and should be avoided. Brewer's Yeast contains chromium,
which will actually lower (not raise as originally thought)
the glucose level, which is the last thing you want to
do for a ferret that is suffering from insulinoma. It
is strongly recommended that you have routine blood glucose
tests for your ferret. This will provide you with the
needed information to stabilize (with drug), a ferret
already diagnosed, as well as those in the early stages
of the disease for monitoring and preventive measures.
You can try performing the blood
glucose tests at home after discussing it with your
For ferrets with hind-end weakness, you
can help them get around by providing a ferret specific
wheelchair, which will assist them while they can still
use they back legs some as well as when they no longer
can. I personally recommend the Ferret
Flyer, which is individually made by very dedicated
The most accurate test to diagnose confirm Insulinoma
is to measure the "FASTING" blood
glucose levels by a lab, which is accomplished by a blood
test. The normal range for a ferret is 80-120 mg/dl,
with anything under 70 (by lab test) strongly indicating
the possible presence of one or more tumors, and surgery
should be scheduled as quickly as possible providing
your ferret has no other health concerns.
Your veterinarian might request several
tests to obtain a mean average, as the the values can
fluctuate. Prior to each test you will need to fast your
ferret between 4 - 6 hours. Once Insulinoma has been
confirmed, the "FASTING" blood glucose
test should be repeated every 4-12 weeks. You can also test
at home after consulting with your veterinarian.
Surgery as early as possible is the treatment of choice.
A partial Pancreatectomy often provides increased survival
and often no additional medicine is need for a time (can
be years). A partial Pancreatectomy consists of the removal
of the tumor(s) and part of the pancreas (no more than
50-70% can safely be removed). The earlier the procedure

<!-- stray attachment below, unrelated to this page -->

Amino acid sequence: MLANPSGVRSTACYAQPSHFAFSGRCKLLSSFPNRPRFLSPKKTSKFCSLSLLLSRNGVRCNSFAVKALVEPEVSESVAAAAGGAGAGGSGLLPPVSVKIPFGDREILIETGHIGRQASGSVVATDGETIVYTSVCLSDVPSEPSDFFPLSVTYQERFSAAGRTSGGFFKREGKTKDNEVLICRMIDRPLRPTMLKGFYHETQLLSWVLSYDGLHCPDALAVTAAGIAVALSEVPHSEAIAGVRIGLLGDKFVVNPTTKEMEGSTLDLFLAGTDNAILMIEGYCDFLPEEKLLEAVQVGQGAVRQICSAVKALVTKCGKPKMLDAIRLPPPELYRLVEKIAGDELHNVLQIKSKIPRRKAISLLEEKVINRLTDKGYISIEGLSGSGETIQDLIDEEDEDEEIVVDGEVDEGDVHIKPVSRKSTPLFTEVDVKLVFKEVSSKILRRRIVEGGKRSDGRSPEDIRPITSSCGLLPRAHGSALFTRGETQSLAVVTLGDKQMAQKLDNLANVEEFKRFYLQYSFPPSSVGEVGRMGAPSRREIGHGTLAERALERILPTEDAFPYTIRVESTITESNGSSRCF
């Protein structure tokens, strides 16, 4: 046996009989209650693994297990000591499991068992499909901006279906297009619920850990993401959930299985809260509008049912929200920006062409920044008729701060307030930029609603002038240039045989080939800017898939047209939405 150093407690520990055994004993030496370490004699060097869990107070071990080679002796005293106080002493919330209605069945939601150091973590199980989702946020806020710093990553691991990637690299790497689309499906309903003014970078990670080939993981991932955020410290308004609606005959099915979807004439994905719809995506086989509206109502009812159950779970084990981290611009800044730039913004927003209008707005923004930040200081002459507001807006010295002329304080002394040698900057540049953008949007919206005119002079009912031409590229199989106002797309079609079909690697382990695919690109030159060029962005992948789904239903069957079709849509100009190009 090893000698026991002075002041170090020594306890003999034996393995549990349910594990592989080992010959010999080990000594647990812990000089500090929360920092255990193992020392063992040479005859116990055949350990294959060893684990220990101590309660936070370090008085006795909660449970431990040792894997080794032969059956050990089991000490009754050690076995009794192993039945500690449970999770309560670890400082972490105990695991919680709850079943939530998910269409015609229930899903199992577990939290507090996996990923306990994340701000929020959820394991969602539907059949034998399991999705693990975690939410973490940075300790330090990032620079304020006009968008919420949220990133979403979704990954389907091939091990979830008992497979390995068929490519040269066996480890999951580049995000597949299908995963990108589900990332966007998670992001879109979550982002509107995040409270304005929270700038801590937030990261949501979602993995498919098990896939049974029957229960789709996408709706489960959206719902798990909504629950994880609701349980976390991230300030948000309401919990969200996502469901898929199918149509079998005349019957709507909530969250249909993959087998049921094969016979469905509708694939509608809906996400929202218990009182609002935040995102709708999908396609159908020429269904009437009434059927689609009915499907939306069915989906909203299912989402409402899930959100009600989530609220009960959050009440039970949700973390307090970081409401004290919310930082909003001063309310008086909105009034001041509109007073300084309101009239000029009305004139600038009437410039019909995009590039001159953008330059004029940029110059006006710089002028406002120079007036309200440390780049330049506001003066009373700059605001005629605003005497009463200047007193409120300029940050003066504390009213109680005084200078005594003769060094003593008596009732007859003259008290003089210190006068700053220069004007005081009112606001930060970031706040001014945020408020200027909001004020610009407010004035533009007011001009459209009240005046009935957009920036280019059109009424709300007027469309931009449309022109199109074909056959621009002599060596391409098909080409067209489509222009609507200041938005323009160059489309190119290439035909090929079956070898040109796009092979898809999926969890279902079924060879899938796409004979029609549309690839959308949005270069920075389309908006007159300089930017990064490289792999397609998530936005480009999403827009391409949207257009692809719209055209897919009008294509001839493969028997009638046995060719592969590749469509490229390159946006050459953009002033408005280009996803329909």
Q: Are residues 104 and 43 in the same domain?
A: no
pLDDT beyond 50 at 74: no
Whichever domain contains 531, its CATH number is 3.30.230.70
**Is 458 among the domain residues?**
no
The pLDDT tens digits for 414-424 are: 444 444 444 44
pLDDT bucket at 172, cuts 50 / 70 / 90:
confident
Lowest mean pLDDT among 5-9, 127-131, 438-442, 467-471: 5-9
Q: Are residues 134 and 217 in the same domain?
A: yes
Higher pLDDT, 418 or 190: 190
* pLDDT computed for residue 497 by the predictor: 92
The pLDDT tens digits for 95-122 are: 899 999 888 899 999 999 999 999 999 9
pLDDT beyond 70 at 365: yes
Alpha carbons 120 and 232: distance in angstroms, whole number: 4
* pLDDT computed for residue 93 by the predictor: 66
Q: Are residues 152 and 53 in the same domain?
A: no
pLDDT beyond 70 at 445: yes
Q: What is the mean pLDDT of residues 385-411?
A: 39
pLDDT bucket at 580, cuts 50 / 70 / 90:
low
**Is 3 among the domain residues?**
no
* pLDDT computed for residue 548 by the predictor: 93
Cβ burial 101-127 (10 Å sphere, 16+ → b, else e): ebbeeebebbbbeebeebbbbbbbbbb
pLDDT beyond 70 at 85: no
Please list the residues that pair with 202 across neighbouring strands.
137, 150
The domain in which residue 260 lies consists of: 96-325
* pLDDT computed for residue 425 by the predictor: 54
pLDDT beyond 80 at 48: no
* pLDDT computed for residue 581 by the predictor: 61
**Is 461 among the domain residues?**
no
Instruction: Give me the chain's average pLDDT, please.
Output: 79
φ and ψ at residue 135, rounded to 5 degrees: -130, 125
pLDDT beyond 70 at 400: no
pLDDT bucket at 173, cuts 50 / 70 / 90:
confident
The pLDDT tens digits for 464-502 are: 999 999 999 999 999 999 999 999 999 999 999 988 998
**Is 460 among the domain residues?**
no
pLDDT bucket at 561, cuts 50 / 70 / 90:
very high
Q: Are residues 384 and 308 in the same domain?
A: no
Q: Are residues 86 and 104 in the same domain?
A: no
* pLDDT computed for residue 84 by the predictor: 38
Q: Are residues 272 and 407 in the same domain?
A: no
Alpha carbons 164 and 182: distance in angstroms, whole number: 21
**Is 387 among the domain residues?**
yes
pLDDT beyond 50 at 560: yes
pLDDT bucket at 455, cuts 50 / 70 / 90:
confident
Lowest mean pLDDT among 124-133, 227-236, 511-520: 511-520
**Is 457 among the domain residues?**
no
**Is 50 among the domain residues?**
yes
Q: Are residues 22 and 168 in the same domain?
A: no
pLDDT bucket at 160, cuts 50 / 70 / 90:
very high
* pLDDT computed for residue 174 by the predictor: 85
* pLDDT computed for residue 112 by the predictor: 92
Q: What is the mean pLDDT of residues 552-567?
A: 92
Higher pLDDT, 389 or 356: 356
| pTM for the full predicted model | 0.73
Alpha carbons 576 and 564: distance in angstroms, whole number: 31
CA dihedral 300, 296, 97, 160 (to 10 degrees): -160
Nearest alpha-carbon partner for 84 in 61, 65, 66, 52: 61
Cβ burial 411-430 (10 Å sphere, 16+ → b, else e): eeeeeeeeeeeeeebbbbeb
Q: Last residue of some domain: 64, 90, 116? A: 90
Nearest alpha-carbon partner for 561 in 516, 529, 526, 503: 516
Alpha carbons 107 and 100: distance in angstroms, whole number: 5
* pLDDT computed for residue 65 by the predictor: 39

is performed, the better the results, so you should NOT put
If you decide to wait on the surgery and
go with the drug treatment until it's no longer beneficial,
chances are it may not help your ferret that much, as
during this time the tumors are continually growing.
The drugs have no effect on the cause of the problem
which are the growing tumors.
A large majority of vets, including Dr. Bruce Williams,
DVM, feel it is important to consider that drug therapy
is only a temporary remedy and rarely effective
in controlling the hypoglycemia for a long period of
time. It is important at this time, that you ensure your
ferret is receiving a high quality/protein diet such
as Duck Soup,
Gerber's chicken stage 2 baby food or Prescription Diet
If surgery is not an option, or until it
is viable, the drugs of choice are Prednisone, which
raises the blood glucose levels by mobilizing carbohydrates
and/or Proglycem, which is an antihypertensive drug which
decreases the secretion of insulin.
Prednisone is usually the first drug used
(and is relatively inexpensive), with a typical dosage
range of 0.5 - 2.5 mg/kg twice a day. Prednisone can
produce what is known as Pred Belly (weight is gained)
and over time of usage can cause liver damage. It is
important when using this drug to give with food as ulcers
When using liquid Prednisone, it is extremely
important that you don't use a generic substitution,
as some contain alcohol and a large majority
are compounded with sugar.
is usually prescribed when Prednisone is no longer working
and usually added to the treatment regimen, lowering
the Prednisone dosage. Dosages range from 5 - 10 mg/kg
twice a day. Side effects can include anorexia and vomiting.
The drawback to this regimen is the costly price of Proglycem,
with a one month supply costing approximately $130 per